Dunboyne development zone go-ahead may benefit Seán Reilly
Decision to zone land at Pace could yield housing and commercial opportunities
Seán Reilly’s firm, McGarrell Reilly Homes, has a substantial site in the Pace/Dunboyne area in Co Meath that the council had earmarked for zoning. It hopes to build there. Photograph: David Sleator
The State’s job-creation fund and developer Seán Reilly are likely to benefit following a Government decision to drop opposition to a zoning proposal for 500 houses and commercial development.
Minister for Housing Simon Coveney recently withdrew a direction to Meath County Council to reverse a decision to zone land at Pace, near Dunboyne, for 500 new homes, shops and business, effectively opening the area for development.
Mr O’Reilly’s McGarrell Reilly Homes has a substantial site in the area that the council had earmarked for zoning and hopes to build there. His company’s financial backer is Activate Capital, a €500 million housebuilding venture whose investors are the Ireland Strategic Investment Fund (ISIF) and US firm KKR.
The ISIF is a State body that is taking the €7.2 billion left from the National Pension Fund, most of which was spent in the 2010 bailout, and investing it in projects that will have deliver a “double bottom line” – a return on the money itself and job creation.
Activate agreed to fund McGarrell Reilly earlier this year in a deal that involved the property company regaining control of more than 300 acres of land spread across sites in Cork, Dublin, Kildare, Kilkenny and Meath.
The ISIF holds two-thirds of Activate, while KKR, a private equity fund, has the balance.
McGarrell Reilly’s land at Pace is part of its agreement with Activate. Meath County Council zoned the area for housing and commercial development as it is close to a key junction on the M3 Dublin-Kells Motorway.
It is also flanked by two railway stations, including the M3 Parkway, which is a short journey from Dublin and connects directly with the International Financial Services Centre.
Local sources point out that it has ready-made infrastructure. “Most developers build and hope that the infrastructure comes, but this has it in place. It would be crazy not to build there,” one person said on Friday.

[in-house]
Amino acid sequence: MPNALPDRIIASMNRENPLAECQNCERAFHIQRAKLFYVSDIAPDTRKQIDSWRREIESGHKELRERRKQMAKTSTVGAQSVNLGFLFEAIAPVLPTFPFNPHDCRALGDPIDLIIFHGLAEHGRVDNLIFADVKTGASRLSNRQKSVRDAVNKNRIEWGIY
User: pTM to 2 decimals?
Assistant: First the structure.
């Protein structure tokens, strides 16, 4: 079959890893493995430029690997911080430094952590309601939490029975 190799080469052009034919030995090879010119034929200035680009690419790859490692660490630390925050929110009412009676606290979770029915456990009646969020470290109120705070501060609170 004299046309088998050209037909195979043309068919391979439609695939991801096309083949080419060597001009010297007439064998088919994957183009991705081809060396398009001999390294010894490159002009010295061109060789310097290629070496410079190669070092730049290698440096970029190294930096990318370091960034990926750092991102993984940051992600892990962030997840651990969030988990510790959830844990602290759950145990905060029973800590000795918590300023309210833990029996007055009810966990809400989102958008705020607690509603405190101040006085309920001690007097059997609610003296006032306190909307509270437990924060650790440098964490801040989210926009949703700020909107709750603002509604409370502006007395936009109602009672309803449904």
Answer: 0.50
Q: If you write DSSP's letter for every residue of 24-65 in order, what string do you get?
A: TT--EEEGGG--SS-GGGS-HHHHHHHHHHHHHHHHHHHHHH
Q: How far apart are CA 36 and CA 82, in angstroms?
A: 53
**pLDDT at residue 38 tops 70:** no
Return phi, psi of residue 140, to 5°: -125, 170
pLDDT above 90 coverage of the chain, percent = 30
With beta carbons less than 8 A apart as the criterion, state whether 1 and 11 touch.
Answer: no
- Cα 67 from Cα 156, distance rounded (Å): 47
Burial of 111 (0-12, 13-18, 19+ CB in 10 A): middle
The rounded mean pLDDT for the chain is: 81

The dispute between the Government and Meath County Council stretches back to early this year, when the then minister for the environment, Alan Kelly, warned the local authority not to zone the land in Pace.
In June, Mr Coveney then used his power under planning law to issue a draft direction ordering the council to remove the zoning from the county development plan.
Ministers cannot interfere in individual applications for planning permission, but they do have statutory powers to govern zoning.
Meath county manager Jackie Maguire wrote to the Minister defending the decision on a number of grounds, including Meath’s housing and economic needs, and pointing out that the zoning was based on proposals for the Pace area’s sustainable development.
Mr Coveney responded that he was not going to implement the direction in light of the “lack of new housing supply coming forward in the Dunboyne area” and the need to attract multinational investors. His decision took the area’s road and rail links into account.
No company has yet sought planning permission to build in the Pace area. Any applications will have to comply with the zoning and the county development plan’s terms in order to succeed.
The company is involved in residential and commercial building. It recently launched the latest phase of its City North business park just off the M1 Dublin-Belfast motorway.
Mr Reilly established the company in the 1980s. He was one of the so-called Maple 10 group of developers to whom Anglo Irish Bank loaned money to buy its shares as the financial crisis deepened in 2008.